Paves Way to Global Warming Catastrophe
Monday, October 30, 2006
FOR IMMEDIATE RELEASE
Contact: Ethan Green, G8@RisingTideNorthAmerica.org
Faulty science, flawed policy advice should relegate new "landmark" report to trashbin of history, climate activists charge
Today the international climate justice movement condemned a major new policy advisory from the United Kingdom on the economics of climate change. Named "The Stern Review" after its chief author Sir Nicholas Stern, climate activists warn that this 700-page analysis offers a dangerously inadequate and deceptive plan that will lead to inevitable global warming catastrophe if its recommendations are followed.
Commissioned by the UK government in conjunction with the G8 Gleneagles Dialogue on Climate Change, the Stern Review has been widely celebrated as a "landmark" and "authoritative" review that provides convincing evidence that global economic upheaval and depression will result from failure to urgently act in response to the climate change crisis. Yet grassroots climate activists are outraged and disturbed that The Stern Report's underlying assumptions and its ultimate policy recommendations are not scientifically legitimate.
"Although climate scientists are in nearly unanimous agreement that atmospheric levels of carbon dioxide must be limited to no more than 450 parts per million in order to avoid catastrophic climate chaos, the new UK report calls for CO2 emissions to be stabilized at the much higher rate of 500 to 550 ppm," said Ethan Green, coordinator of the Counter-G8 Working Group of Rising Tide North America.
"This means the core assumptions of the Stern Report, plus its policy recommendations, are seriously flawed," said Green. "Based on this Report, the UK today is declaring that it will advocate global cuts in carbon dioxide emissions of 30 per cent by 2020 and of 60 per cent by 2050. While realizing even those minimal cuts would represent great progress from the world's current unsustainable business-as-usual path, clearly we need much more drastic reductions in order to prevent climate disaster."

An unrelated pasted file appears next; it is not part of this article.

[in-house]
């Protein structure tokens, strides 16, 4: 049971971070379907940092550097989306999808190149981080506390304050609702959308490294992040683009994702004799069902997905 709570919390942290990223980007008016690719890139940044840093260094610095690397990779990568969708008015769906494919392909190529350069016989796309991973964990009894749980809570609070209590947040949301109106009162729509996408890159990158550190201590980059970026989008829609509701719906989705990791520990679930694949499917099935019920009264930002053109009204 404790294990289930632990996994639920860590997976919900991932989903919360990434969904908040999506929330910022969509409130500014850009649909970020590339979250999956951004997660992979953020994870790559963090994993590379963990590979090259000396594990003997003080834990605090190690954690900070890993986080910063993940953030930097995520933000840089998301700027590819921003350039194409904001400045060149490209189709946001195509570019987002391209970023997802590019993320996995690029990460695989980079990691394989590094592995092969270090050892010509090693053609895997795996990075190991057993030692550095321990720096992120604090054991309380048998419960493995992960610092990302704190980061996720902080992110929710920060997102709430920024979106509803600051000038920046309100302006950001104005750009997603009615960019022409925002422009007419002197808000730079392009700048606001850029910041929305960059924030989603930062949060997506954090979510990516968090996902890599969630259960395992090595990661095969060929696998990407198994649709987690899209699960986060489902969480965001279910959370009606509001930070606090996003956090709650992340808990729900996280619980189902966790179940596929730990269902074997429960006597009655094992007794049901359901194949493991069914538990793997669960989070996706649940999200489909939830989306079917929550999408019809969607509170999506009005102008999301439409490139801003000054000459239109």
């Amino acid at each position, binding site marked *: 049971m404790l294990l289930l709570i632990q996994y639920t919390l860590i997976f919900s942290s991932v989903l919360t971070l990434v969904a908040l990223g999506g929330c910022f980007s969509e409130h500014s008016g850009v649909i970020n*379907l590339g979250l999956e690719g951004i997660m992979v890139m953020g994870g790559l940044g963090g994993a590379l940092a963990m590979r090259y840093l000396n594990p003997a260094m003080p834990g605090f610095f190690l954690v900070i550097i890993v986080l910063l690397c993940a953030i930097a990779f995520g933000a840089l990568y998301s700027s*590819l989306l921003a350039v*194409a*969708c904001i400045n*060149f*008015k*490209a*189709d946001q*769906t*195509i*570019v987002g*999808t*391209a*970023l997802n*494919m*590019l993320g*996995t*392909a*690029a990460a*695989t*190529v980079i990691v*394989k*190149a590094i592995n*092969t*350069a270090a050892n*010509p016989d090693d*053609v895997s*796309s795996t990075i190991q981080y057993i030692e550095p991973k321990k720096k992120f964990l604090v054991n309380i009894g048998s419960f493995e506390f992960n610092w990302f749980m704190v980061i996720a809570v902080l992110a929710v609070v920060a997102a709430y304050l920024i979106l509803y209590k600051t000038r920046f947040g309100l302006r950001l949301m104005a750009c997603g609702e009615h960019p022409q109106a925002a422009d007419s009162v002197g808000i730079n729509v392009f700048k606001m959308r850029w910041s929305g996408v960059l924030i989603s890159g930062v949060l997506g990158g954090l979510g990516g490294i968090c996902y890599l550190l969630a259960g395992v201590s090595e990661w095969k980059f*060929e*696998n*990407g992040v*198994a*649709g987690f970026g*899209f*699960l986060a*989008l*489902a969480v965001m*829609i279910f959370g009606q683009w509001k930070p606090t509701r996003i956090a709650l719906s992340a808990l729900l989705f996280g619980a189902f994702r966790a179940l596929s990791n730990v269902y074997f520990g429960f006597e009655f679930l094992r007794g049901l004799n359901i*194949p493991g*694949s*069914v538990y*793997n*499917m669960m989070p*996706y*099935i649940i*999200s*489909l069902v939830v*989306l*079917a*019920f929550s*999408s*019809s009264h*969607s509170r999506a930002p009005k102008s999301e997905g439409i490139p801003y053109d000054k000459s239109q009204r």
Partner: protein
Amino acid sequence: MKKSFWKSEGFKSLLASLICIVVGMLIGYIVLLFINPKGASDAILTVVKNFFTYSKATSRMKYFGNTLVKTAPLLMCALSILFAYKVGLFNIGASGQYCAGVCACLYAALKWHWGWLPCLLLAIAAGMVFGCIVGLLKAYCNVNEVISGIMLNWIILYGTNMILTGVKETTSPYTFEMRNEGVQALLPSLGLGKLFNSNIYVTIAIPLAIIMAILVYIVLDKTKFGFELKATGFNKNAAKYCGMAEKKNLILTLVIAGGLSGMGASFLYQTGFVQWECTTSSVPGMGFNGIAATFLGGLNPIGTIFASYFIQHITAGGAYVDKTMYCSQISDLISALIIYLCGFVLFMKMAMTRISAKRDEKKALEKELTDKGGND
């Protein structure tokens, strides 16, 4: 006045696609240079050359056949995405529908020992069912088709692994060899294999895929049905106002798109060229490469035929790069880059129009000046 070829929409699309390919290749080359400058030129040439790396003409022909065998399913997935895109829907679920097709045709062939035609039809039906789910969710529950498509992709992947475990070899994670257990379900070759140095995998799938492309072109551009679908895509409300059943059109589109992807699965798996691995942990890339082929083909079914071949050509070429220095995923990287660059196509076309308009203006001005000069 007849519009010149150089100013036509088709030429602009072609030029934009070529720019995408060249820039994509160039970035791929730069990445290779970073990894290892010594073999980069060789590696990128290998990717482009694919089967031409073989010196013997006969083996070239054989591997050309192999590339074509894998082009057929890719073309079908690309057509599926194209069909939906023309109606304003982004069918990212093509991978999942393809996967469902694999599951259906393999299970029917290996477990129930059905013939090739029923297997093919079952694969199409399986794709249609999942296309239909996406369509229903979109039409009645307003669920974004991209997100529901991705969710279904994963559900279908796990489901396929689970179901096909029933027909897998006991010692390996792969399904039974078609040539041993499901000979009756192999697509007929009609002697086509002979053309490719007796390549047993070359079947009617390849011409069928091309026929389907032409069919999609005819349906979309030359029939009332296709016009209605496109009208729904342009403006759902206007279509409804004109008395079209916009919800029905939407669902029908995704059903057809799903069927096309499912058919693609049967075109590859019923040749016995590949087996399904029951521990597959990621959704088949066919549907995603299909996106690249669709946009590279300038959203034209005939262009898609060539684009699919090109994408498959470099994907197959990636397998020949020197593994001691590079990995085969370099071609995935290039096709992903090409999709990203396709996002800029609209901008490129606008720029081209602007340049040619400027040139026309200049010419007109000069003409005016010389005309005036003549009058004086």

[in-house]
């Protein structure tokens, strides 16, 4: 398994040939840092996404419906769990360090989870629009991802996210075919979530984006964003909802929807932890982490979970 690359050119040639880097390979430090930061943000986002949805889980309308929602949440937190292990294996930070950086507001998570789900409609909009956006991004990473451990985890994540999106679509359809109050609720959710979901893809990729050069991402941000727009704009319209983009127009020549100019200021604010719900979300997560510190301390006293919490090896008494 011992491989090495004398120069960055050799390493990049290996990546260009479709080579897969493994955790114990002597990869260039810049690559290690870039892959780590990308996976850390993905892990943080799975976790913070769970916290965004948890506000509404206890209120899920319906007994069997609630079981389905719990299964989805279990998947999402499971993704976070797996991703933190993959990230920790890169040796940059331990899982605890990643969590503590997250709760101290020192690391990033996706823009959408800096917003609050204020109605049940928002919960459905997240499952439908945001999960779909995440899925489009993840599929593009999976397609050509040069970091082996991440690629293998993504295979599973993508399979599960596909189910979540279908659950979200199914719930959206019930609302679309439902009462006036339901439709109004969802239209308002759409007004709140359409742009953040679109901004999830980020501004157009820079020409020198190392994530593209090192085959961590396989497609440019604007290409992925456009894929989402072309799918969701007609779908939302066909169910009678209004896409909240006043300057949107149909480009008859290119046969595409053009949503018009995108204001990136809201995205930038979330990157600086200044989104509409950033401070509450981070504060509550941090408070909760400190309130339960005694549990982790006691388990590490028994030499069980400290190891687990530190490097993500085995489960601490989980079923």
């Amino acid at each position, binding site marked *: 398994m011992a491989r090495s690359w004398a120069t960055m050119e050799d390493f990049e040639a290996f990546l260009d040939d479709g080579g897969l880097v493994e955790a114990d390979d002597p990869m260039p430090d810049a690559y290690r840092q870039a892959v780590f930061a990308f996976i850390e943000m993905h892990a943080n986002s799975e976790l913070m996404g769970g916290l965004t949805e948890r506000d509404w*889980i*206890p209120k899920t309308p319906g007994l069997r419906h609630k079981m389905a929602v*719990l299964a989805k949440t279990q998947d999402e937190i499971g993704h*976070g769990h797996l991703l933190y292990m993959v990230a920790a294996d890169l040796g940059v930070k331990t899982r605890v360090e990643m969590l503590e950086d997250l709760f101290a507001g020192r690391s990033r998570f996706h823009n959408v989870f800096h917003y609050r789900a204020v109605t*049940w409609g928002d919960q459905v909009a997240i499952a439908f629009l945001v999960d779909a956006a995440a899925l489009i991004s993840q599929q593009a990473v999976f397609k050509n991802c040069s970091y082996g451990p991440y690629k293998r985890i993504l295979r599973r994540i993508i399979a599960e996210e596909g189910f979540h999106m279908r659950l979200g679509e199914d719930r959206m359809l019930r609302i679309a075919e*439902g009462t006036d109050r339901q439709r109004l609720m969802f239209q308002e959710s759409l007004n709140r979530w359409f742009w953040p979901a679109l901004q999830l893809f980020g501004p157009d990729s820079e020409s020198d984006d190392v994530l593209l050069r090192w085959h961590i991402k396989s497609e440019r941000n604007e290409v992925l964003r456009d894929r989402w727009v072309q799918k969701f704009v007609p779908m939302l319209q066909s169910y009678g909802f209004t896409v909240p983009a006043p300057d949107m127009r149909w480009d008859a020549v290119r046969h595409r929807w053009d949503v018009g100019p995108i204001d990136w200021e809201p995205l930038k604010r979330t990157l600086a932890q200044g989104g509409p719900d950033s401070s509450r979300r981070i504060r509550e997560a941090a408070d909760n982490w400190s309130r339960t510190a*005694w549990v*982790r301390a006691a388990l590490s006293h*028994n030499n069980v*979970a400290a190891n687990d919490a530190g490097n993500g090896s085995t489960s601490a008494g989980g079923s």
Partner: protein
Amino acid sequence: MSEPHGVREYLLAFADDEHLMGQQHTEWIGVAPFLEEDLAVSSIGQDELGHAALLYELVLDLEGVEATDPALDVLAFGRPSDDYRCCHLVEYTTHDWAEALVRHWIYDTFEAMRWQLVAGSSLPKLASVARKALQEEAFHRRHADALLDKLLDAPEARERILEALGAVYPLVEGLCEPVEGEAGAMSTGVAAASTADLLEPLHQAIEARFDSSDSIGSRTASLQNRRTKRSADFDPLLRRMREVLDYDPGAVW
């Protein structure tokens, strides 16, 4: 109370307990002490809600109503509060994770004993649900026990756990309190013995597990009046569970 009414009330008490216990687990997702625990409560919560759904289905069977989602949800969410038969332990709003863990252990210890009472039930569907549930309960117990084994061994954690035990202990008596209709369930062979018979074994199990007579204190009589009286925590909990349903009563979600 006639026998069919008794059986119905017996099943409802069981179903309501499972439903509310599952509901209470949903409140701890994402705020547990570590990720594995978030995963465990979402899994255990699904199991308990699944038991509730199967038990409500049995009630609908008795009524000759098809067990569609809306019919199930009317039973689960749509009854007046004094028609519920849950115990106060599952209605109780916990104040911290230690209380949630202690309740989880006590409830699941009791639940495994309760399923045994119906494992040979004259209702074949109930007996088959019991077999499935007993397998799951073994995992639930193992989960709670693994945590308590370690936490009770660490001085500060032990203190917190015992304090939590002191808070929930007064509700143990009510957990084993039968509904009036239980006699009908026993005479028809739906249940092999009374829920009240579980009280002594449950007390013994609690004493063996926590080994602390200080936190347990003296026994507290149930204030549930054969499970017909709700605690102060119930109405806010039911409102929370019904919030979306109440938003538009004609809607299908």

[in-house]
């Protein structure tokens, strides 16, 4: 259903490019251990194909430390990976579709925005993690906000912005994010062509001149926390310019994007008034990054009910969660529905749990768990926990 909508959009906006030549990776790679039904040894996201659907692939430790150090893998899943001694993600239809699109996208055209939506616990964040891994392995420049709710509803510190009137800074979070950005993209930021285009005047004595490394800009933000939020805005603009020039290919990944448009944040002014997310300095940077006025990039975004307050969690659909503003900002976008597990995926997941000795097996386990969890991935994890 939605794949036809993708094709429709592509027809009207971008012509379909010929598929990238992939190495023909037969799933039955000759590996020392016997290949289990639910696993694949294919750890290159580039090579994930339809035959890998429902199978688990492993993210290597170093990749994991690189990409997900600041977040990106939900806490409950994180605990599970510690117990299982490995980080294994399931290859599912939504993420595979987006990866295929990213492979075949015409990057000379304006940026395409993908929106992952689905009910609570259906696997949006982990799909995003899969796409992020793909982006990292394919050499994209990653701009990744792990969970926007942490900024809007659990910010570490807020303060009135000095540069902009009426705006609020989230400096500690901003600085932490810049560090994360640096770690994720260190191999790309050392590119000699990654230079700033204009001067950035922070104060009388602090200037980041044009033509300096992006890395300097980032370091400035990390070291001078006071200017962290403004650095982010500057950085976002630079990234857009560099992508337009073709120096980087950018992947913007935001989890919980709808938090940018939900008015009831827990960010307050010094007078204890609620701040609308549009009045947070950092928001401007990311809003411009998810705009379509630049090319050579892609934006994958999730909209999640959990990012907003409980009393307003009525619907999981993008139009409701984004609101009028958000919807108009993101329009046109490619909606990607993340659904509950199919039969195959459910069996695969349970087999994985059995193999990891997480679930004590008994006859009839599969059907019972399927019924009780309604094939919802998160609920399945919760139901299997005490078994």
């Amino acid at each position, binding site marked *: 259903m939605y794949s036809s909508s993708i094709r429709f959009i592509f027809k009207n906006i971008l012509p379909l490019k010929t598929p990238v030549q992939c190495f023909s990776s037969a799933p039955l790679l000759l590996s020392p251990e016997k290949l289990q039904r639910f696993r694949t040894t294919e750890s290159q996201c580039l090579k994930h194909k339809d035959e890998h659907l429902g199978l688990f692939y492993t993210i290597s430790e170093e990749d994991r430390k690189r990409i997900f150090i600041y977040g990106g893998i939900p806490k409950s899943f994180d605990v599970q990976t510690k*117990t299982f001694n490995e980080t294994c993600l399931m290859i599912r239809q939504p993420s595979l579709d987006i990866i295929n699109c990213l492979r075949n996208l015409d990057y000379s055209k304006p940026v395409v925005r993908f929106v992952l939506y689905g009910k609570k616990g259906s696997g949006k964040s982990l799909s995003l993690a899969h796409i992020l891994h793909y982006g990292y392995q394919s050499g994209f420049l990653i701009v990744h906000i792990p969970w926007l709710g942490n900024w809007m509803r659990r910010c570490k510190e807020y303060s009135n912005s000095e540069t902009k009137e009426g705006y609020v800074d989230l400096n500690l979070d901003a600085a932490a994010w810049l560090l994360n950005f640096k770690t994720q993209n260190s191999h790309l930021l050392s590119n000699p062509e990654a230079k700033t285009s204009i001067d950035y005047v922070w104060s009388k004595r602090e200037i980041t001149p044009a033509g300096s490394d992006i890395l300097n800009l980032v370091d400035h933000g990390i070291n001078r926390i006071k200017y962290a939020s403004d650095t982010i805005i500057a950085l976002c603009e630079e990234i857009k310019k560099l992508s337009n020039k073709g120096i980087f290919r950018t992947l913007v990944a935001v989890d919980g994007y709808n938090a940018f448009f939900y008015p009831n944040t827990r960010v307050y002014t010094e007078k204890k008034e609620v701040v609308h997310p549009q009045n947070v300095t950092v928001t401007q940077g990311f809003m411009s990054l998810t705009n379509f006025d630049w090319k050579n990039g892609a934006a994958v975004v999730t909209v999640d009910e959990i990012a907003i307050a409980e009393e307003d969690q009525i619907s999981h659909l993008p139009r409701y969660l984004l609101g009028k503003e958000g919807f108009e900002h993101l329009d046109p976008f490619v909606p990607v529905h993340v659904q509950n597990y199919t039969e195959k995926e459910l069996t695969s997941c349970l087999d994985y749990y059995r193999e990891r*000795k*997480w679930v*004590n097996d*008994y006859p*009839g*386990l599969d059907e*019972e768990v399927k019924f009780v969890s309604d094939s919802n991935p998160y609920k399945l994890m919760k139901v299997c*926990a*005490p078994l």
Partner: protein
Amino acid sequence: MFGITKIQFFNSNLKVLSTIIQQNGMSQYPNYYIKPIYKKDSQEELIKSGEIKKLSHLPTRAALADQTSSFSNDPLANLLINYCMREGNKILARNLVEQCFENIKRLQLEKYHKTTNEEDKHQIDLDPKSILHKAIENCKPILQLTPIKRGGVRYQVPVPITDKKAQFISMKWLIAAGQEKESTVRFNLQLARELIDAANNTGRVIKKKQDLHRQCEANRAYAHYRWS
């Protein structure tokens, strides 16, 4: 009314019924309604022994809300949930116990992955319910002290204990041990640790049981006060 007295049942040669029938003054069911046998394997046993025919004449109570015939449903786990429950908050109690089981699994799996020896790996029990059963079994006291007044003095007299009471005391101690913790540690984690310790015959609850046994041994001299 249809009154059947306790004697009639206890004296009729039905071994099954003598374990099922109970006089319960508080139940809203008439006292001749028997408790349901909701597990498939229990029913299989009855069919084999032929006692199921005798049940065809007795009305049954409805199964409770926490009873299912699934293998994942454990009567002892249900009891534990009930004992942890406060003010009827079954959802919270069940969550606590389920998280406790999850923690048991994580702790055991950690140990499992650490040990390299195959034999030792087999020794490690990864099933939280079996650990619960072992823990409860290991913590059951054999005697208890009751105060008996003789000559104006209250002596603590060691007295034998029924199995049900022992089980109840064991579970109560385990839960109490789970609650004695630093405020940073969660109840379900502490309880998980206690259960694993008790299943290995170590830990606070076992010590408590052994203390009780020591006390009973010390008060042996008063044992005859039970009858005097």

The government-funded Tyndall Centre for Climate Change Research, in a ground-breaking environmental report issued in the UK this September, concluded that a 90% cut in greenhouse gas emissions is needed by 2050. "We are deluding ourselves if we wait for technology or emission trading to offer a smooth transition to a low carbon future," the Tyndall Report said. "The real challenge is making a radical shift within four years and driving down carbon intensity at an unprecedented 9% a year for up to 20 years."
Climate campaigners argue that the scientifically rigorous Tyndall Report, with its comparably radical yet more realistic plan of action, should be used as a framework for the global response against climate change, instead of the watered-down Stern Report, written by an economist without significant training in climate science.
Climate activists also criticize specific proposals that the Stern Report lends support to, including the market-oriented practice known as "carbon trading." Although the British media has focused much attention on rumors that the UK government is preparing to institute so-called "green taxes" levied at consumers, activists say that the more alarming news is chancellor Gordon Brown's insistence that, instead of taxes, he endorses a massive expansion of carbon trading. They point out that while the World Bank estimates the value of the global carbon market nearly doubled from $11 billion in 2005 to $21.5 billion in 2006, there was no equivalent global increase in carbon emission reductions. In fact, they argue, as the carbon market has soared, global greenhouse gas emissions have continued to rise - a stark indication that a more pragmatic and direct approach to cutting emissions is urgently needed.